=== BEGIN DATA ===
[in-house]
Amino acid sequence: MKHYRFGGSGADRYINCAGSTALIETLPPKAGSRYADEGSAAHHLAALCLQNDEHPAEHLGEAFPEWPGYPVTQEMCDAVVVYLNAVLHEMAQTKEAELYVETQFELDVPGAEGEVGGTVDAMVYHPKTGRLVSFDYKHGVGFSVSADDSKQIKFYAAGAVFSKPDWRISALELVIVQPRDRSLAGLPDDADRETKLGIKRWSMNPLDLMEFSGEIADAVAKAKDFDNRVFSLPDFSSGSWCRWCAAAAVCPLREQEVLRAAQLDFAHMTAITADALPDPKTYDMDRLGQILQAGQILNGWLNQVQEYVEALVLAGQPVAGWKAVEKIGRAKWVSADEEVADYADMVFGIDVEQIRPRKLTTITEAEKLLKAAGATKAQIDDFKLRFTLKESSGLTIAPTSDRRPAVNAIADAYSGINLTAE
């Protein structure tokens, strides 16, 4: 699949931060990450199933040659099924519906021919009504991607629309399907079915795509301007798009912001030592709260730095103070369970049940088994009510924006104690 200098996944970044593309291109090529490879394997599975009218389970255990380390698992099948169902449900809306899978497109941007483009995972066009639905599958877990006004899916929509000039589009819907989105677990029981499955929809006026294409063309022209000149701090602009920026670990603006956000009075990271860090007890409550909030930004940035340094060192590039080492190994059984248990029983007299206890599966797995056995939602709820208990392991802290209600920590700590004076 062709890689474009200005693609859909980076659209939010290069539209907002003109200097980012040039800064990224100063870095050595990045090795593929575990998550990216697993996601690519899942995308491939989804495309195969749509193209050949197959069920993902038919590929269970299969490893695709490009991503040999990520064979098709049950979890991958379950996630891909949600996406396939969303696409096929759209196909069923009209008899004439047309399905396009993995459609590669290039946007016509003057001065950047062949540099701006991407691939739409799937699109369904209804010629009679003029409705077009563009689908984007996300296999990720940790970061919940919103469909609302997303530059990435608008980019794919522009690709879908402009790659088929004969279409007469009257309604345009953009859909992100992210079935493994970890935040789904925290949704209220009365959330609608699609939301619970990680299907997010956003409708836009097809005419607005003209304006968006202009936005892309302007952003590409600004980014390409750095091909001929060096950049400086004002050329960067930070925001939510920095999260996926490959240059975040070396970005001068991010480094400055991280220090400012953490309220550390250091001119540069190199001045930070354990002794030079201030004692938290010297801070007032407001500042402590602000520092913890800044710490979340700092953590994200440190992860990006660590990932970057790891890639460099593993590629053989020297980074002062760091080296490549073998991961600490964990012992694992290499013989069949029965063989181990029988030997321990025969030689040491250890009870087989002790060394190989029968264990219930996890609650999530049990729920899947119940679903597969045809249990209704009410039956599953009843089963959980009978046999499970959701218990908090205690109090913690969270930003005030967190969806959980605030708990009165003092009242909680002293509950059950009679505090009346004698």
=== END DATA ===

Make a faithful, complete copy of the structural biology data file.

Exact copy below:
[in-house]
Amino acid sequence: MKHYRFGGSGADRYINCAGSTALIETLPPKAGSRYADEGSAAHHLAALCLQNDEHPAEHLGEAFPEWPGYPVTQEMCDAVVVYLNAVLHEMAQTKEAELYVETQFELDVPGAEGEVGGTVDAMVYHPKTGRLVSFDYKHGVGFSVSADDSKQIKFYAAGAVFSKPDWRISALELVIVQPRDRSLAGLPDDADRETKLGIKRWSMNPLDLMEFSGEIADAVAKAKDFDNRVFSLPDFSSGSWCRWCAAAAVCPLREQEVLRAAQLDFAHMTAITADALPDPKTYDMDRLGQILQAGQILNGWLNQVQEYVEALVLAGQPVAGWKAVEKIGRAKWVSADEEVADYADMVFGIDVEQIRPRKLTTITEAEKLLKAAGATKAQIDDFKLRFTLKESSGLTIAPTSDRRPAVNAIADAYSGINLTAE
């Protein structure tokens, strides 16, 4: 699949931060990450199933040659099924519906021919009504991607629309399907079915795509301007798009912001030592709260730095103070369970049940088994009510924006104690 200098996944970044593309291109090529490879394997599975009218389970255990380390698992099948169902449900809306899978497109941007483009995972066009639905599958877990006004899916929509000039589009819907989105677990029981499955929809006026294409063309022209000149701090602009920026670990603006956000009075990271860090007890409550909030930004940035340094060192590039080492190994059984248990029983007299206890599966797995056995939602709820208990392991802290209600920590700590004076 062709890689474009200005693609859909980076659209939010290069539209907002003109200097980012040039800064990224100063870095050595990045090795593929575990998550990216697993996601690519899942995308491939989804495309195969749509193209050949197959069920993902038919590929269970299969490893695709490009991503040999990520064979098709049950979890991958379950996630891909949600996406396939969303696409096929759209196909069923009209008899004439047309399905396009993995459609590669290039946007016509003057001065950047062949540099701006991407691939739409799937699109369904209804010629009679003029409705077009563009689908984007996300296999990720940790970061919940919103469909609302997303530059990435608008980019794919522009690709879908402009790659088929004969279409007469009257309604345009953009859909992100992210079935493994970890935040789904925290949704209220009365959330609608699609939301619970990680299907997010956003409708836009097809005419607005003209304006968006202009936005892309302007952003590409600004980014390409750095091909001929060096950049400086004002050329960067930070925001939510920095999260996926490959240059975040070396970005001068991010480094400055991280220090400012953490309220550390250091001119540069190199001045930070354990002794030079201030004692938290010297801070007032407001500042402590602000520092913890800044710490979340700092953590994200440190992860990006660590990932970057790891890639460099593993590629053989020297980074002062760091080296490549073998991961600490964990012992694992290499013989069949029965063989181990029988030997321990025969030689040491250890009870087989002790060394190989029968264990219930996890609650999530049990729920899947119940679903597969045809249990209704009410039956599953009843089963959980009978046999499970959701218990908090205690109090913690969270930003005030967190969806959980605030708990009165003092009242909680002293509950059950009679505090009346004698």